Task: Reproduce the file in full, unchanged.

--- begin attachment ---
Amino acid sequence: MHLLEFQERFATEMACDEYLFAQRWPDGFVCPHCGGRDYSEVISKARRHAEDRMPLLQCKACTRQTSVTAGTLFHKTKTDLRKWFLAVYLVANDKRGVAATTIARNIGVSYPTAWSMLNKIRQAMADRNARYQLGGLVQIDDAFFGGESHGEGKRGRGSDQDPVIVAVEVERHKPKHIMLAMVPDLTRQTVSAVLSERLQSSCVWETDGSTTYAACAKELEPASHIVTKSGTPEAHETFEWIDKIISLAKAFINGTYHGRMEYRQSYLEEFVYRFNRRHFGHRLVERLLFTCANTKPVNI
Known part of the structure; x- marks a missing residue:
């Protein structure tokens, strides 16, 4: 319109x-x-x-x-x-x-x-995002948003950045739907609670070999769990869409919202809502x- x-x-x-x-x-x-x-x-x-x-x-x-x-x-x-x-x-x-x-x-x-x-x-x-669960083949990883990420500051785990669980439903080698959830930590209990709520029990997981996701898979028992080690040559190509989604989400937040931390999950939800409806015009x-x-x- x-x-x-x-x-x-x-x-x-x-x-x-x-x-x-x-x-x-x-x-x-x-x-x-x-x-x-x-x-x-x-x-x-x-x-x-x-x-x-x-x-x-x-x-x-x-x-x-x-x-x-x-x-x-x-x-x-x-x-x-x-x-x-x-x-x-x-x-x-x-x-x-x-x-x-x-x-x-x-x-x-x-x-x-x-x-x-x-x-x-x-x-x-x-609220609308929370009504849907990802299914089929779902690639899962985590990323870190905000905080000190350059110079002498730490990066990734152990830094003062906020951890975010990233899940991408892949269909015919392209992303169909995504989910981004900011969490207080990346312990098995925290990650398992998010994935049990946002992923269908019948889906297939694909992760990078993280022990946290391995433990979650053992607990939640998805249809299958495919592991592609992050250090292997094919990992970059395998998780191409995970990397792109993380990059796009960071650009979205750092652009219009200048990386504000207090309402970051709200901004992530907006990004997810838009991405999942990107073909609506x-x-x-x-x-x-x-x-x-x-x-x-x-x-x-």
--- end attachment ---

Amino acid sequence: MHLLEFQERFATEMACDEYLFAQRWPDGFVCPHCGGRDYSEVISKARRHAEDRMPLLQCKACTRQTSVTAGTLFHKTKTDLRKWFLAVYLVANDKRGVAATTIARNIGVSYPTAWSMLNKIRQAMADRNARYQLGGLVQIDDAFFGGESHGEGKRGRGSDQDPVIVAVEVERHKPKHIMLAMVPDLTRQTVSAVLSERLQSSCVWETDGSTTYAACAKELEPASHIVTKSGTPEAHETFEWIDKIISLAKAFINGTYHGRMEYRQSYLEEFVYRFNRRHFGHRLVERLLFTCANTKPVNI
Known part of the structure; x- marks a missing residue:
């Protein structure tokens, strides 16, 4: 319109x-x-x-x-x-x-x-995002948003950045739907609670070999769990869409919202809502x- x-x-x-x-x-x-x-x-x-x-x-x-x-x-x-x-x-x-x-x-x-x-x-x-669960083949990883990420500051785990669980439903080698959830930590209990709520029990997981996701898979028992080690040559190509989604989400937040931390999950939800409806015009x-x-x- x-x-x-x-x-x-x-x-x-x-x-x-x-x-x-x-x-x-x-x-x-x-x-x-x-x-x-x-x-x-x-x-x-x-x-x-x-x-x-x-x-x-x-x-x-x-x-x-x-x-x-x-x-x-x-x-x-x-x-x-x-x-x-x-x-x-x-x-x-x-x-x-x-x-x-x-x-x-x-x-x-x-x-x-x-x-x-x-x-x-x-x-x-x-609220609308929370009504849907990802299914089929779902690639899962985590990323870190905000905080000190350059110079002498730490990066990734152990830094003062906020951890975010990233899940991408892949269909015919392209992303169909995504989910981004900011969490207080990346312990098995925290990650398992998010994935049990946002992923269908019948889906297939694909992760990078993280022990946290391995433990979650053992607990939640998805249809299958495919592991592609992050250090292997094919990992970059395998998780191409995970990397792109993380990059796009960071650009979205750092652009219009200048990386504000207090309402970051709200901004992530907006990004997810838009991405999942990107073909609506x-x-x-x-x-x-x-x-x-x-x-x-x-x-x-």